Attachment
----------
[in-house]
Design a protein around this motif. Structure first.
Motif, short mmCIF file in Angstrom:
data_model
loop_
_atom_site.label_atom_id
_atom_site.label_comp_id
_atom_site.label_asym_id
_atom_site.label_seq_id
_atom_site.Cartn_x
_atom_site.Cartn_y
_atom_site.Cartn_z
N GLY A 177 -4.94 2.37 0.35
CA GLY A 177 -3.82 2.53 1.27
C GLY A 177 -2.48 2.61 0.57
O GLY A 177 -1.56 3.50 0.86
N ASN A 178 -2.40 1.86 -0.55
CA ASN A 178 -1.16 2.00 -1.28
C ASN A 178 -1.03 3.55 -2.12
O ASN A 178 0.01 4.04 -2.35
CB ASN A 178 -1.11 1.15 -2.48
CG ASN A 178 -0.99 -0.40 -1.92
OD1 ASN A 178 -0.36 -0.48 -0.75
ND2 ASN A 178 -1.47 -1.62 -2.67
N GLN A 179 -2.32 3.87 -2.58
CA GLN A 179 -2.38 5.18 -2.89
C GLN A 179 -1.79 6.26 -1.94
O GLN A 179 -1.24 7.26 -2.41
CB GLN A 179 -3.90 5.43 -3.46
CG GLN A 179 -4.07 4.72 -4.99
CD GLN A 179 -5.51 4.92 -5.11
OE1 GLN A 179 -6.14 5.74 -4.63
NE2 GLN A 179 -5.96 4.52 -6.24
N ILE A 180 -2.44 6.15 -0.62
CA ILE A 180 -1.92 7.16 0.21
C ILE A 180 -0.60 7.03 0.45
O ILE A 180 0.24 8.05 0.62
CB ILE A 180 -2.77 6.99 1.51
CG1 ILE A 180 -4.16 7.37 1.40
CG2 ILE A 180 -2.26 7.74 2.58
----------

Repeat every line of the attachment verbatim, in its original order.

[in-house]
Design a protein around this motif. Structure first.
Motif, short mmCIF file in Angstrom:
data_model
loop_
_atom_site.label_atom_id
_atom_site.label_comp_id
_atom_site.label_asym_id
_atom_site.label_seq_id
_atom_site.Cartn_x
_atom_site.Cartn_y
_atom_site.Cartn_z
N GLY A 177 -4.94 2.37 0.35
CA GLY A 177 -3.82 2.53 1.27
C GLY A 177 -2.48 2.61 0.57
O GLY A 177 -1.56 3.50 0.86
N ASN A 178 -2.40 1.86 -0.55
CA ASN A 178 -1.16 2.00 -1.28
C ASN A 178 -1.03 3.55 -2.12
O ASN A 178 0.01 4.04 -2.35
CB ASN A 178 -1.11 1.15 -2.48
CG ASN A 178 -0.99 -0.40 -1.92
OD1 ASN A 178 -0.36 -0.48 -0.75
ND2 ASN A 178 -1.47 -1.62 -2.67
N GLN A 179 -2.32 3.87 -2.58
CA GLN A 179 -2.38 5.18 -2.89
C GLN A 179 -1.79 6.26 -1.94
O GLN A 179 -1.24 7.26 -2.41
CB GLN A 179 -3.90 5.43 -3.46
CG GLN A 179 -4.07 4.72 -4.99
CD GLN A 179 -5.51 4.92 -5.11
OE1 GLN A 179 -6.14 5.74 -4.63
NE2 GLN A 179 -5.96 4.52 -6.24
N ILE A 180 -2.44 6.15 -0.62
CA ILE A 180 -1.92 7.16 0.21
C ILE A 180 -0.60 7.03 0.45
O ILE A 180 0.24 8.05 0.62
CB ILE A 180 -2.77 6.99 1.51
CG1 ILE A 180 -4.16 7.37 1.40
CG2 ILE A 180 -2.26 7.74 2.58